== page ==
2. Parallel fuzzy connected image segmentation on GPU

    OpenAIRE

    Zhuge, Ying; Cao, Yong; Udupa, Jayaram K.; Miller, Robert W.

    2011-01-01

    Purpose: Image segmentation techniques using fuzzy connectedness (FC) principles have shown their effectiveness in segmenting a variety of objects in several large applications. However, one challenge in these algorithms has been their excessive computational requirements when processing large image datasets. Nowadays, commodity graphics hardware provides a highly parallel computing environment. In this paper, the authors present a parallel fuzzy connected image segmentation algorithm impleme...

  3. LIFE-STYLE SEGMENTATION WITH TAILORED INTERVIEWING

    NARCIS (Netherlands)

    KAMAKURA, WA; WEDEL, M

    The authors present a tailored interviewing procedure for life-style segmentation. The procedure assumes that a life-style measurement instrument has been designed. A classification of a sample of consumers into life-style segments is obtained using a latent-class model. With these segments, the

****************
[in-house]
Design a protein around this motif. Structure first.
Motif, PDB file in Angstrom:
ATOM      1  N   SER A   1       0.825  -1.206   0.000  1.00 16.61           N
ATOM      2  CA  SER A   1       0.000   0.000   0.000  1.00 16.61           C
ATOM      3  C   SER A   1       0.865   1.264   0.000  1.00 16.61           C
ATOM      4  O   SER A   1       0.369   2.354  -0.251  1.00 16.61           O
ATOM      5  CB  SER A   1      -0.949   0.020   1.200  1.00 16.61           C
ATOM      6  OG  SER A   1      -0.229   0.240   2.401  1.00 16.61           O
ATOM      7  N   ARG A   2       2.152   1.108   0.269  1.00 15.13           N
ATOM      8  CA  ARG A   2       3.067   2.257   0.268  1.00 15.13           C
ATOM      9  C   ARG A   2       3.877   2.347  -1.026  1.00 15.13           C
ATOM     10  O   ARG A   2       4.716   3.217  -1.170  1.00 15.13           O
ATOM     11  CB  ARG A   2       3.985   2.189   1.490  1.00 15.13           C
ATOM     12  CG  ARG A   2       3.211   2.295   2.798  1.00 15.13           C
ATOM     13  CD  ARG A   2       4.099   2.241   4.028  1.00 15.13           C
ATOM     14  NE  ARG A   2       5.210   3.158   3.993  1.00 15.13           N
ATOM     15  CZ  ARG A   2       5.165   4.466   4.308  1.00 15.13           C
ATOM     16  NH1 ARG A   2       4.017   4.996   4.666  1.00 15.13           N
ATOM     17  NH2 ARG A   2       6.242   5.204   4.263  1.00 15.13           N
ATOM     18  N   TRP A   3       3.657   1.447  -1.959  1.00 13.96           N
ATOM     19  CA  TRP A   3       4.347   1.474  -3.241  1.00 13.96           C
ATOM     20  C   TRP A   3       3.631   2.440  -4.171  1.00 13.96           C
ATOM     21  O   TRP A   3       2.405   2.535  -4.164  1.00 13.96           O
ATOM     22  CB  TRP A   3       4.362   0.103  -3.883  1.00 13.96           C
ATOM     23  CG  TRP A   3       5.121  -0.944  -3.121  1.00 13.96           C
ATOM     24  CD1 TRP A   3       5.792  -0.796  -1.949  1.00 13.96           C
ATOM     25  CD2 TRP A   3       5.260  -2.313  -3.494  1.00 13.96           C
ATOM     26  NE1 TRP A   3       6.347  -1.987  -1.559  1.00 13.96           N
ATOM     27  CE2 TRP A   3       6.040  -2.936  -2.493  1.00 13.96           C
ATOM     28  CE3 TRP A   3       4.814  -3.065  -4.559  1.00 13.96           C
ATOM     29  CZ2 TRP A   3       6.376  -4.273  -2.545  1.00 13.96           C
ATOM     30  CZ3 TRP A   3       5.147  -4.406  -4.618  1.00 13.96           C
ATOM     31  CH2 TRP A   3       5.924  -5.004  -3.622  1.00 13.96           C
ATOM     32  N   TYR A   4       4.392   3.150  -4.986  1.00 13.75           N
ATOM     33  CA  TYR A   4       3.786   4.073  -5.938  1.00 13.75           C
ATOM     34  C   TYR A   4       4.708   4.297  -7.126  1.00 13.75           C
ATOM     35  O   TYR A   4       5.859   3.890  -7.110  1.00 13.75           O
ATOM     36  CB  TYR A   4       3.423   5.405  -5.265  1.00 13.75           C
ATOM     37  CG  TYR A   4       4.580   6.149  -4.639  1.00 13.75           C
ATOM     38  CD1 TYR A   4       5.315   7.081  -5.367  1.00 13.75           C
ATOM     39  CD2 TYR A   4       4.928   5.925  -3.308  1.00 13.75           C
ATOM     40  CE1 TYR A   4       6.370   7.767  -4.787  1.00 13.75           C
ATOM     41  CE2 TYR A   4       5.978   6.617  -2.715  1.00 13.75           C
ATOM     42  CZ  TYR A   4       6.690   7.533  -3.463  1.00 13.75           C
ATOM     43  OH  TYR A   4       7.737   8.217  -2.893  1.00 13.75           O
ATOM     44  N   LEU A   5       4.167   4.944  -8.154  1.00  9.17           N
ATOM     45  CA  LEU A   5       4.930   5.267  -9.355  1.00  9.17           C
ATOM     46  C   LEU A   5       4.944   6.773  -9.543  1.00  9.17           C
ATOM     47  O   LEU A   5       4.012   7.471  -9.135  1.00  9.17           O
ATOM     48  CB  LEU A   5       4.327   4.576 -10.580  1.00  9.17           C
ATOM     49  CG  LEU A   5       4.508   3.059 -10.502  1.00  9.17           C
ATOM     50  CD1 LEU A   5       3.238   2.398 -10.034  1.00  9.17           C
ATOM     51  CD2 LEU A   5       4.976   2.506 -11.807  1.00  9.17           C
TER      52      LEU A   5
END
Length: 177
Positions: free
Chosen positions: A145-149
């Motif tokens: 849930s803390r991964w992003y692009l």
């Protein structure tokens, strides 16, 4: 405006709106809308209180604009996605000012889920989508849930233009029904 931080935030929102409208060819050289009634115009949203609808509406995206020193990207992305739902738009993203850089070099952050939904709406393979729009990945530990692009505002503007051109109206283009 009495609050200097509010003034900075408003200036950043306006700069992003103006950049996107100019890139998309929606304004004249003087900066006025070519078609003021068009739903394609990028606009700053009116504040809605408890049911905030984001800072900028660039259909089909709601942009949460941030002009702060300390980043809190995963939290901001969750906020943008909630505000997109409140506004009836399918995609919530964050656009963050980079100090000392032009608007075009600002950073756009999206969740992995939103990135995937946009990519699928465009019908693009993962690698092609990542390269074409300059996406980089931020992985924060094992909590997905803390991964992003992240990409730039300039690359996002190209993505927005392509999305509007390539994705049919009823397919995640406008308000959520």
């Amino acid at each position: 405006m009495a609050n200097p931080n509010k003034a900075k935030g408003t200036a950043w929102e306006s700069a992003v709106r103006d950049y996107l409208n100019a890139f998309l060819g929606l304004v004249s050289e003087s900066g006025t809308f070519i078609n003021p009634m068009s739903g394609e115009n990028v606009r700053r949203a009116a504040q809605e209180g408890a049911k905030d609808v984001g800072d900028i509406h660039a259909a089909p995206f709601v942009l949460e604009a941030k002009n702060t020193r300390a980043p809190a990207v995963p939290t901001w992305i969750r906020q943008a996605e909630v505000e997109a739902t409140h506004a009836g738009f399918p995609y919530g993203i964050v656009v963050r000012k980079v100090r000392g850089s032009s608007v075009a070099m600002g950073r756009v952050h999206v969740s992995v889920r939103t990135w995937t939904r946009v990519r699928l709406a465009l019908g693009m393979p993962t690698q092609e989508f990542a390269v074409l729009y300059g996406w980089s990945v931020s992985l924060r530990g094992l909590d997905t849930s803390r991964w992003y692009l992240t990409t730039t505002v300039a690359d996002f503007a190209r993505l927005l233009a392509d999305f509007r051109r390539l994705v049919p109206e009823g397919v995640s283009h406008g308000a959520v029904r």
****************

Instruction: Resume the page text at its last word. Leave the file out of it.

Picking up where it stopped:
4. The Process of Marketing Segmentation Strategy Selection

    OpenAIRE

    Ionel Dumitru

    2007-01-01

    The process of marketing segmentation strategy selection represents the essence of strategical marketing. We present hereinafter the main forms of the marketing statategy segmentation: undifferentiated marketing, differentiated marketing, concentrated marketing and personalized marketing. In practice, the companies use a mix of these marketing segmentation methods in order to maximize the proffit and to satisfy the consumers’ needs.

  5. The roles of segmental and tandem gene duplication in the evolution of large gene families in Arabidopsis thaliana

    Directory of Open Access Journals (Sweden)

    Baumgarten Andrew

    2004-06-01